Quincke’s edema, also known as angioedema, is a subcutaneous swelling that develops during an allergic reaction, taking certain medications or during a pregnancy.
Definition of Quincke’s edema
Quincke edema (also called angioedema), is characterized by subcutaneous swelling. This reaction is usually due to taking certain medications or an allergic reaction.
This reaction of the body is, in the majority of cases, without serious consequences. Nevertheless, in rare and extreme cases, the death of the patient is possible. And this, within the framework of an attack of the respiratory tracts. Effective treatments exist, to limit swelling and complications.
Anyone, regardless of gender or age, may be concerned about the development of this type of edema.
The different types of angioedema
This type of edema is caused by the secretion of histamine, when the body is exposed to allergens. The most common allergies are: food, medicated, as a result of an insect bite or contact with latex.
Non allergic edema
This second type, in turn, develops as a result of an inflammatory reaction. It occurs, in most cases, when taking non-steroidal anti-inflammatory drugs (NSAIDs), such as aspirin for example.
Causes of Quincke’s edema
Different causes may be associated with this edema:
- An allergic reaction: food, as a result of an insect bite, latex, etc.
- Taking certain medications, such as hypotensive agents, ibuprofen, nonsteroidal anti-inflammatory drugs, etc.
- certain genetic factors, whose transmission is hereditary
- following an injury or surgery
- situations of stress and / or anxiety
- the pregnancy
- Some contraceptions.
The cause of this assignment may, however, remain unknown.
In the majority of cases, Quincke’s edema is treated very well as a result of appropriate treatment. Moreover, in the case of non-treatment, death may be the worst complication associated with this condition.
Symptoms of Quincke’s edema
The main clinical signs and symptoms of Quincke’s edema are:
- Swelling of the skin, at the affected area. The edema usually appears gradually. It particularly affects: hands, feet, eye area, lips, tongue, or genitals.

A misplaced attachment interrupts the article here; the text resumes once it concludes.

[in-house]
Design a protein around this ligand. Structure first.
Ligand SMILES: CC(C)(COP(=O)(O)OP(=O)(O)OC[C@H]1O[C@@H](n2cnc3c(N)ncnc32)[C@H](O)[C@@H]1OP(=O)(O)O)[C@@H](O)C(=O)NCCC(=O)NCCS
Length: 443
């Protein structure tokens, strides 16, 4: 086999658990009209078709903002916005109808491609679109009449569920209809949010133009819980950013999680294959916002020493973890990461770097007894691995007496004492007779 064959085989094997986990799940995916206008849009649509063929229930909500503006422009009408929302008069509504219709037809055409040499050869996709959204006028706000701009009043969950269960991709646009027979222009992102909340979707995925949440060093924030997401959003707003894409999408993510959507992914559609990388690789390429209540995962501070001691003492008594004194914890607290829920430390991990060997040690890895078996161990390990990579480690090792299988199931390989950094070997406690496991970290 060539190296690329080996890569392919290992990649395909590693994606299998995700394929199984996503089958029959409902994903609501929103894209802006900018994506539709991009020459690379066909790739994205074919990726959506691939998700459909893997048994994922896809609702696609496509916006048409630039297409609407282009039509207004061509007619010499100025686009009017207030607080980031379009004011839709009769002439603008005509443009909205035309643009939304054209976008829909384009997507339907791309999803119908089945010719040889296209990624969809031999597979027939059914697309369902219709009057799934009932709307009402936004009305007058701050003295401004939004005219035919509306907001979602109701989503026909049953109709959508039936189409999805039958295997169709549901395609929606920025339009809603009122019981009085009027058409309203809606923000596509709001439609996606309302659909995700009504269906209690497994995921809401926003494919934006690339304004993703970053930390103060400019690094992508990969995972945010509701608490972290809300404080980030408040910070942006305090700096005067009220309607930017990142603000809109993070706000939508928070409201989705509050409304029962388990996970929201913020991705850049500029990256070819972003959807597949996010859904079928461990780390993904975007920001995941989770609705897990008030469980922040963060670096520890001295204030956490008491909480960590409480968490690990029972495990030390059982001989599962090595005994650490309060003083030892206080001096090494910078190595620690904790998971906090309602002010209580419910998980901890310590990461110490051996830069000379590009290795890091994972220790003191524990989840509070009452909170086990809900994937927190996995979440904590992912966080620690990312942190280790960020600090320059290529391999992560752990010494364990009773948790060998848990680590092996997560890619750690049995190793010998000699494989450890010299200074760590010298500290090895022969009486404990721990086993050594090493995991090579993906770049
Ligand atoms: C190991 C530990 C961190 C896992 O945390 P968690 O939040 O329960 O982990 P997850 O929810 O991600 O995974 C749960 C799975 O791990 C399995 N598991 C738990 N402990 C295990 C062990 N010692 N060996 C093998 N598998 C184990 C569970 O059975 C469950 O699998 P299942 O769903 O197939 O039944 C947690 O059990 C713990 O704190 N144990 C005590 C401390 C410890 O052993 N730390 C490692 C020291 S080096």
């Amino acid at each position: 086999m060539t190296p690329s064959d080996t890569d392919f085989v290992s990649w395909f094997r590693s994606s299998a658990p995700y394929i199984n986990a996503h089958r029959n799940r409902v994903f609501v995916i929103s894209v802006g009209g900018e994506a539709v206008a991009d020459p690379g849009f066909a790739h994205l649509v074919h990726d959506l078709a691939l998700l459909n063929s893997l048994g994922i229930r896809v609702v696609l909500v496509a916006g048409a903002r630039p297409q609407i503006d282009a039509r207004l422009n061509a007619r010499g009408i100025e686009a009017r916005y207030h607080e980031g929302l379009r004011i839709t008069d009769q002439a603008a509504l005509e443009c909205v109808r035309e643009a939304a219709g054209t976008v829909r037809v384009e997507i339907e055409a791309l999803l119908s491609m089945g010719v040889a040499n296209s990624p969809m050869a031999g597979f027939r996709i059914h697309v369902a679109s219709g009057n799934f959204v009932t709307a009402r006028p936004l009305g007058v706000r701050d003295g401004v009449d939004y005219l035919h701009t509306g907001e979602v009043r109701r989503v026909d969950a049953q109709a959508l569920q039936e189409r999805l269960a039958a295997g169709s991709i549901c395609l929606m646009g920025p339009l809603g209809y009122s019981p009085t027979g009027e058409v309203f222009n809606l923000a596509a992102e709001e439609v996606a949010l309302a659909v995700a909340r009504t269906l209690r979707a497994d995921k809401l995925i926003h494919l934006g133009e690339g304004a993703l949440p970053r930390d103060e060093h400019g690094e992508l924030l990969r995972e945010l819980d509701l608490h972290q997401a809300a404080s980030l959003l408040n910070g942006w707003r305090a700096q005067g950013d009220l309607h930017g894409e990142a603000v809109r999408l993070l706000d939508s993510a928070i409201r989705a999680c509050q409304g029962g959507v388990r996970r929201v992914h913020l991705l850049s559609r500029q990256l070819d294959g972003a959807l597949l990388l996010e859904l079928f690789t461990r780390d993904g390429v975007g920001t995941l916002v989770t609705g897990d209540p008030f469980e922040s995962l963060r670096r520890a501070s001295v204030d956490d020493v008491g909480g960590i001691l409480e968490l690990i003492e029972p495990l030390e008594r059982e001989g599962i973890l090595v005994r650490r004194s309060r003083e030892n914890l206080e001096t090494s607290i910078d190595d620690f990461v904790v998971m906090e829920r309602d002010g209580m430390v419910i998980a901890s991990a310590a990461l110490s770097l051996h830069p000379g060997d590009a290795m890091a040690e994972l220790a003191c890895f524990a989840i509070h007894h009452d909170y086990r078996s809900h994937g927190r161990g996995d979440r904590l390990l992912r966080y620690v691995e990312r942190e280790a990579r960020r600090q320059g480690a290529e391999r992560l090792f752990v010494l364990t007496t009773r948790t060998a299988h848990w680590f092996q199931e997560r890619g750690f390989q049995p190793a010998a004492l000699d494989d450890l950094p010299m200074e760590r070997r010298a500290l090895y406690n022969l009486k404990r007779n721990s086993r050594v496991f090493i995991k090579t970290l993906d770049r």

- The appearance of pimples (or even plaques of pimples), called urticaria, may also appear after a few days.
Other symptoms are less common but may be a sign of Quincke’s edema:
- breathing difficulties
- eye irritation ( conjunctivitis )
- abdominal pain
- of diarrhea
- Weaknesses, more general, of the organization.
Risk factors for angioedema
The main risk factors for such edema are: taking certain drugs (especially NSAIDs), pregnancy, exposure to certain allergens, contact with latex, etc.
How to diagnose Quincke’s edema?
The first phase of diagnosis of Quincke’s edema is clinical, given the appearance of atypical symptoms. The questioning of the patient also makes it possible to find the origin.
Additional tests and analyzes may be the subject of a second phase of diagnosis: blood test, allergic tests, etc.
How to treat Quincke’s edema?
The treatment of edema depends on the cause of it.
In the context of an allergic reaction, the first step in the management will be the eviction of the causative agent (allergen). In this context, drug treatment is defined by antihistamines or steroids. Attention is still to be given in the context of such treatments. Adverse effects may be related to this: headaches, drying of the mouth and mucous membranes, etc.
If the edema is caused by the taking of certain drugs, the immediate stop of the one in question must be immediate.
Finally, if the cause is hereditary, drug treatments, such as danazol or oxandrolone, may help reduce the risk of edema.